Our personal Pentecost – the gifts of the Holy Spirit

Pentecost Year C
Deacon Les Ruhrmund

And so we come to the end of our Easter celebrations.

Pentecost – the fiftieth day after Easter Sunday – is sometimes called the birthday of the Church. We celebrate today that day, fifty days after the Resurrection, that the Holy Spirit, the Counsellor, the Paraclete, the one promised by Jesus at the Last Supper, came upon the apostles and anointed them with the fire of the Holy Spirit. The Holy Spirit is the continued presence of Jesus on earth.

Pentecost heralds a turning point in the world; a turning point in the history of salvation. While Jesus in his humanity was only present to the people living in Israel at that time, Jesus in the Holy Spirit is present everywhere, in everything, in every time. After their Pentecost experience, the apostles went out into the world and spoke without fear or favour about the Messiah, the Holy Spirit and the good news of salvation. The church was born.

And here we are over 2000 years later, remembering and celebrating that first Christian Pentecost as we celebrate also our own Pentecost. Most of us have been anointed with the fire of the Holy Spirit; we’ve had our Pentecost experience.
First in Baptism and then sealed in the sacrament of Confirmation, we have been anointed and received the fullness of the gifts of the Holy Spirit.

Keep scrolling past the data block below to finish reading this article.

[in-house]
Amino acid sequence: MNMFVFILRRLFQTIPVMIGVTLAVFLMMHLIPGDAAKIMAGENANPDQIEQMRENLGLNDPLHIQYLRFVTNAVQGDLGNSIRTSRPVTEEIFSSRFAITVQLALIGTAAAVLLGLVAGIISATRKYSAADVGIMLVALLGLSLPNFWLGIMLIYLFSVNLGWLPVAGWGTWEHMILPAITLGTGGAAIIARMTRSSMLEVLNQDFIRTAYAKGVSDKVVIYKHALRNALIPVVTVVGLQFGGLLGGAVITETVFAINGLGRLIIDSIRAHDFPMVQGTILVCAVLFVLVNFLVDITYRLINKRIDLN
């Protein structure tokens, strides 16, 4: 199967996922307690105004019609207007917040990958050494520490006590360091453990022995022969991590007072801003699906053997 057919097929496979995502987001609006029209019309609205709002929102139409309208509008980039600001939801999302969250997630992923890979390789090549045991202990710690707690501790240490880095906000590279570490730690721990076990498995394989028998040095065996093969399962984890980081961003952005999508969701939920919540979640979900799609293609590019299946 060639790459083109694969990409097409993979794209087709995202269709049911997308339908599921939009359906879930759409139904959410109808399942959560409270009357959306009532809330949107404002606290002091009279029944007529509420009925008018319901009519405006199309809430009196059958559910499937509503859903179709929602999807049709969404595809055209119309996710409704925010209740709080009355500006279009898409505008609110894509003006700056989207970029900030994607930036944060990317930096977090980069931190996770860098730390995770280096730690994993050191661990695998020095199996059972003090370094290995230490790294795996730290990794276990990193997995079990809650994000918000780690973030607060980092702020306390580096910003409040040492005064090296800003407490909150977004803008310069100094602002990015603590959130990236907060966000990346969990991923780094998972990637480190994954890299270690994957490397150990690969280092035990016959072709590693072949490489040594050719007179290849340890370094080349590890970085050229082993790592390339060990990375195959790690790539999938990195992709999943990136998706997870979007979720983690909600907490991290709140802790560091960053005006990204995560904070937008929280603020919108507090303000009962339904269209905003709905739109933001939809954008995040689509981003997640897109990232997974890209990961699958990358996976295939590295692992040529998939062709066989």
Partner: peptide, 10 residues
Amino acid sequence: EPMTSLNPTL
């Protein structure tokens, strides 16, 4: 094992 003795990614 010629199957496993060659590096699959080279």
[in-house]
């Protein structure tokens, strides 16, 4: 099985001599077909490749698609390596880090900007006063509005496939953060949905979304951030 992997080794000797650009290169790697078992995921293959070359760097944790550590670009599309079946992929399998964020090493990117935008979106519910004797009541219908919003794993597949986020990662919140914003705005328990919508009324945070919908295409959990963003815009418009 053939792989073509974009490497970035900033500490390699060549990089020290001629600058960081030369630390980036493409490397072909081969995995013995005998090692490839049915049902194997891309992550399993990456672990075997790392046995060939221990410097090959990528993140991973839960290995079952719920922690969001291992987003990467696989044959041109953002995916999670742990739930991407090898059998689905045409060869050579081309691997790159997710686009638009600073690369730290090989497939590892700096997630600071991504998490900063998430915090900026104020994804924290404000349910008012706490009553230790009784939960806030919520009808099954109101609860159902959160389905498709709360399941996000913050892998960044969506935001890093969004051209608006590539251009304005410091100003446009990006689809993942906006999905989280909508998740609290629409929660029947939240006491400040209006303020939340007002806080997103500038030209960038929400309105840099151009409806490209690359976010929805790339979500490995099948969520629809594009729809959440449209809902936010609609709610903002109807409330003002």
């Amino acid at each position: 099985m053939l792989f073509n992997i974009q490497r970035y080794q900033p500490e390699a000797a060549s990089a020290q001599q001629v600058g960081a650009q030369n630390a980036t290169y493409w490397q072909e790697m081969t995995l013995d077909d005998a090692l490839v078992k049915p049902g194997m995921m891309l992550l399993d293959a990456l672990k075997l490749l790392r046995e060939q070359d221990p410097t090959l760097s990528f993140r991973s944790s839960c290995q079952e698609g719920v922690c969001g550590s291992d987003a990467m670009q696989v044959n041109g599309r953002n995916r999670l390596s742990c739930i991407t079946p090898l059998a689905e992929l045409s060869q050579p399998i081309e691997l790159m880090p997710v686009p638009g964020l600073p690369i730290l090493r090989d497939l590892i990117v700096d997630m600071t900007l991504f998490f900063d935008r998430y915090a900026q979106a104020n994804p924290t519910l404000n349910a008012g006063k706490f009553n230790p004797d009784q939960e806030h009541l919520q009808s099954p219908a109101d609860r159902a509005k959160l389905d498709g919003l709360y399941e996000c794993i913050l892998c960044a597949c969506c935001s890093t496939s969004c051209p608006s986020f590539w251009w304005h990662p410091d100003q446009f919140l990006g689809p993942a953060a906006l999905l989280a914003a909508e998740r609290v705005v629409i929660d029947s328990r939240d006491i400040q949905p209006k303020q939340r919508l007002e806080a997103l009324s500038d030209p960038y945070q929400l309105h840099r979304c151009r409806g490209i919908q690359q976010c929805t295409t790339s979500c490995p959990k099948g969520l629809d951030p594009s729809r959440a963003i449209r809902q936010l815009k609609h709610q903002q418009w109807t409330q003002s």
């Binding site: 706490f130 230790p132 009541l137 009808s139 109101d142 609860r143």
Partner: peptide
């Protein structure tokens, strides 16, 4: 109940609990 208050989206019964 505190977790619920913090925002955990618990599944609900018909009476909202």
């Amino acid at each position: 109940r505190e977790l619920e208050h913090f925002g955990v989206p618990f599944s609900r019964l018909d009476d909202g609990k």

When we were in Sydney for WYD in 2008, we experienced and witnessed vividly the universal church that was born at Pentecost; that outpouring of the Holy Spirit; the ruling of God’s kingdom in our hearts; a time and place where the fruits of the Spirit were tangible to the complete exclusion of the evil forces that continuously prowl seeking to turn us away from God.
The fruits of the Spirit include joy, peace, patience, faith, goodness, kindness and generosity.
The fruits are products of the gifts of the Holy Spirit.

In our catechesis one morning in Sydney, the lesson was taken by a visiting bishop (from Canada I think) who spoke to us about receiving the gifts of the Holy Spirit. “Imagine” he said “that I give you a gift. It is beautifully wrapped and I give it to you with great love. You receive it and now have to decide what to do with it. You can put it aside with the intention of opening it later; or you can open it, have a look – and then decide; either to put it away and come back to it at another time or you can take the gift out of the wrapping, accept it with the love from which it comes and use it every opportunity you have.“

The question we could be asking ourselves today is: what have I done with the seven gifts of the Holy Spirit that I received in the sacrament of Confirmation?
Am I using the gifts or have I put them aside or have I forgotten about them?

The first gift is Wisdom: the wisdom to make wise decisions about the role that God plays in our lives: putting our faith at the heart of our being; the wisdom to be charitable with our time and our resources; loving creation and enjoying the things of this world for the sake of God, rather than for our own gratification. We need this wisdom every day.